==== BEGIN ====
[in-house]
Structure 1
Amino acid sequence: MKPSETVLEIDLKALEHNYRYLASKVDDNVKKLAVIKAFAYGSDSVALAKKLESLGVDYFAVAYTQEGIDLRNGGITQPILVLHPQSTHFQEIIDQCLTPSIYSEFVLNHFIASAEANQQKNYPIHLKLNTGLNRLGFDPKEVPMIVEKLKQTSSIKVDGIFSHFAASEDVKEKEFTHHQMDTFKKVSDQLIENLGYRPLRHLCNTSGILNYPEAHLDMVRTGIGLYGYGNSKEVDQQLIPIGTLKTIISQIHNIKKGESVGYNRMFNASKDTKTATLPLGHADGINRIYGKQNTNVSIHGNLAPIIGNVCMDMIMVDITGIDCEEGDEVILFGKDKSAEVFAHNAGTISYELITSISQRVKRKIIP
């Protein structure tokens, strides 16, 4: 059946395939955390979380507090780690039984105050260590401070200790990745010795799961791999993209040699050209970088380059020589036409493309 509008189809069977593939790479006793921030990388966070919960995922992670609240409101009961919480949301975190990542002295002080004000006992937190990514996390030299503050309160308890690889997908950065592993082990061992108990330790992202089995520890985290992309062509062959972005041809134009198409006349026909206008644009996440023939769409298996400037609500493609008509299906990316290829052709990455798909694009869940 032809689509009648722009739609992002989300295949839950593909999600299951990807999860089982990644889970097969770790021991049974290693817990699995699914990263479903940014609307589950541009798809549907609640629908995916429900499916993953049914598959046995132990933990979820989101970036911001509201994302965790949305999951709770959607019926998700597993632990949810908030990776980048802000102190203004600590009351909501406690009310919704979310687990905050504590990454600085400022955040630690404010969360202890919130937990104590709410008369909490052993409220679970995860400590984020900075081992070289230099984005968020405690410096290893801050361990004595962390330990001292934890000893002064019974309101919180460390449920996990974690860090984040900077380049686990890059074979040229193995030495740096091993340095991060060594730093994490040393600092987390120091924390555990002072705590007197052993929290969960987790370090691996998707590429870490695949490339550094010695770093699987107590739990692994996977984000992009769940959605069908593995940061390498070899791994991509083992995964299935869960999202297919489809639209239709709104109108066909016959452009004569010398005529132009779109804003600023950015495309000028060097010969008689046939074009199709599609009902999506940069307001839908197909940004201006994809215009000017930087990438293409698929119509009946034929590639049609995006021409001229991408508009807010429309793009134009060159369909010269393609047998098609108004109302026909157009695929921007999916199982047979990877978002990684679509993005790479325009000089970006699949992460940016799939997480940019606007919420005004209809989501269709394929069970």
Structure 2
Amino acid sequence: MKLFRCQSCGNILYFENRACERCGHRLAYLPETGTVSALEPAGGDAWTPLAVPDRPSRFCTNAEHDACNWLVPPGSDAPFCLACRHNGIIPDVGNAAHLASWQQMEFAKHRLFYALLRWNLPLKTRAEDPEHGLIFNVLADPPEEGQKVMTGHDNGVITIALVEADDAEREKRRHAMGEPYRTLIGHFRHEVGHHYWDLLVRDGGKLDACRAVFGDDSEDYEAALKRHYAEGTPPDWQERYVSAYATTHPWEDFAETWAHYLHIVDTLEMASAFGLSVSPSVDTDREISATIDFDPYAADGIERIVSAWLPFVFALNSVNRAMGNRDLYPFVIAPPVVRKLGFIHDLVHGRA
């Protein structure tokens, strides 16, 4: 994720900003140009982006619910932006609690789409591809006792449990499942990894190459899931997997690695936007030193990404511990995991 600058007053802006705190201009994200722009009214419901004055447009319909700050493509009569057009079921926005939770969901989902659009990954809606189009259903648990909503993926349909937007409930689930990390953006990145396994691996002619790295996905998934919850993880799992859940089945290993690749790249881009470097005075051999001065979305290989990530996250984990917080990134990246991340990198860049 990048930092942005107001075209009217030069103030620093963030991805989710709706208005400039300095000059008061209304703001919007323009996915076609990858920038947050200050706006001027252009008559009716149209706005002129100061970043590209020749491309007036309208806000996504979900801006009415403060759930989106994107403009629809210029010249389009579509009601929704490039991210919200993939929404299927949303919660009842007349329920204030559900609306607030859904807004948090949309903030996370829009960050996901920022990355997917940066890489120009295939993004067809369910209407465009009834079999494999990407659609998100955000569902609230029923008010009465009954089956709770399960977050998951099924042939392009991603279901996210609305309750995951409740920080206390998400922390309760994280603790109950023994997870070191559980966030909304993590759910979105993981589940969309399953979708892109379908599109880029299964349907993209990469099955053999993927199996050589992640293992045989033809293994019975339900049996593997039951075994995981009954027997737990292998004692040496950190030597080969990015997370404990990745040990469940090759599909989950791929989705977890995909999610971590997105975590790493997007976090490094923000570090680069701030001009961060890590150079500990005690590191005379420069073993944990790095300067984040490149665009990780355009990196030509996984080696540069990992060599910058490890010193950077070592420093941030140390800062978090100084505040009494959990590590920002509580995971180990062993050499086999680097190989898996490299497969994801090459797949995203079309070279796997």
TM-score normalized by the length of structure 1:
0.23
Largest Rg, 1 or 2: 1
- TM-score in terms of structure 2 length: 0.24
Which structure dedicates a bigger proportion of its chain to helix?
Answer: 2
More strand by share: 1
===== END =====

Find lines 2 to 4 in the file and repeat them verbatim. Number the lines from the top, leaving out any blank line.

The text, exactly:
Structure 1
Amino acid sequence: MKPSETVLEIDLKALEHNYRYLASKVDDNVKKLAVIKAFAYGSDSVALAKKLESLGVDYFAVAYTQEGIDLRNGGITQPILVLHPQSTHFQEIIDQCLTPSIYSEFVLNHFIASAEANQQKNYPIHLKLNTGLNRLGFDPKEVPMIVEKLKQTSSIKVDGIFSHFAASEDVKEKEFTHHQMDTFKKVSDQLIENLGYRPLRHLCNTSGILNYPEAHLDMVRTGIGLYGYGNSKEVDQQLIPIGTLKTIISQIHNIKKGESVGYNRMFNASKDTKTATLPLGHADGINRIYGKQNTNVSIHGNLAPIIGNVCMDMIMVDITGIDCEEGDEVILFGKDKSAEVFAHNAGTISYELITSISQRVKRKIIP
């Protein structure tokens, strides 16, 4: 059946395939955390979380507090780690039984105050260590401070200790990745010795799961791999993209040699050209970088380059020589036409493309 509008189809069977593939790479006793921030990388966070919960995922992670609240409101009961919480949301975190990542002295002080004000006992937190990514996390030299503050309160308890690889997908950065592993082990061992108990330790992202089995520890985290992309062509062959972005041809134009198409006349026909206008644009996440023939769409298996400037609500493609008509299906990316290829052709990455798909694009869940 032809689509009648722009739609992002989300295949839950593909999600299951990807999860089982990644889970097969770790021991049974290693817990699995699914990263479903940014609307589950541009798809549907609640629908995916429900499916993953049914598959046995132990933990979820989101970036911001509201994302965790949305999951709770959607019926998700597993632990949810908030990776980048802000102190203004600590009351909501406690009310919704979310687990905050504590990454600085400022955040630690404010969360202890919130937990104590709410008369909490052993409220679970995860400590984020900075081992070289230099984005968020405690410096290893801050361990004595962390330990001292934890000893002064019974309101919180460390449920996990974690860090984040900077380049686990890059074979040229193995030495740096091993340095991060060594730093994490040393600092987390120091924390555990002072705590007197052993929290969960987790370090691996998707590429870490695949490339550094010695770093699987107590739990692994996977984000992009769940959605069908593995940061390498070899791994991509083992995964299935869960999202297919489809639209239709709104109108066909016959452009004569010398005529132009779109804003600023950015495309000028060097010969008689046939074009199709599609009902999506940069307001839908197909940004201006994809215009000017930087990438293409698929119509009946034929590639049609995006021409001229991408508009807010429309793009134009060159369909010269393609047998098609108004109302026909157009695929921007999916199982047979990877978002990684679509993005790479325009000089970006699949992460940016799939997480940019606007919420005004209809989501269709394929069970």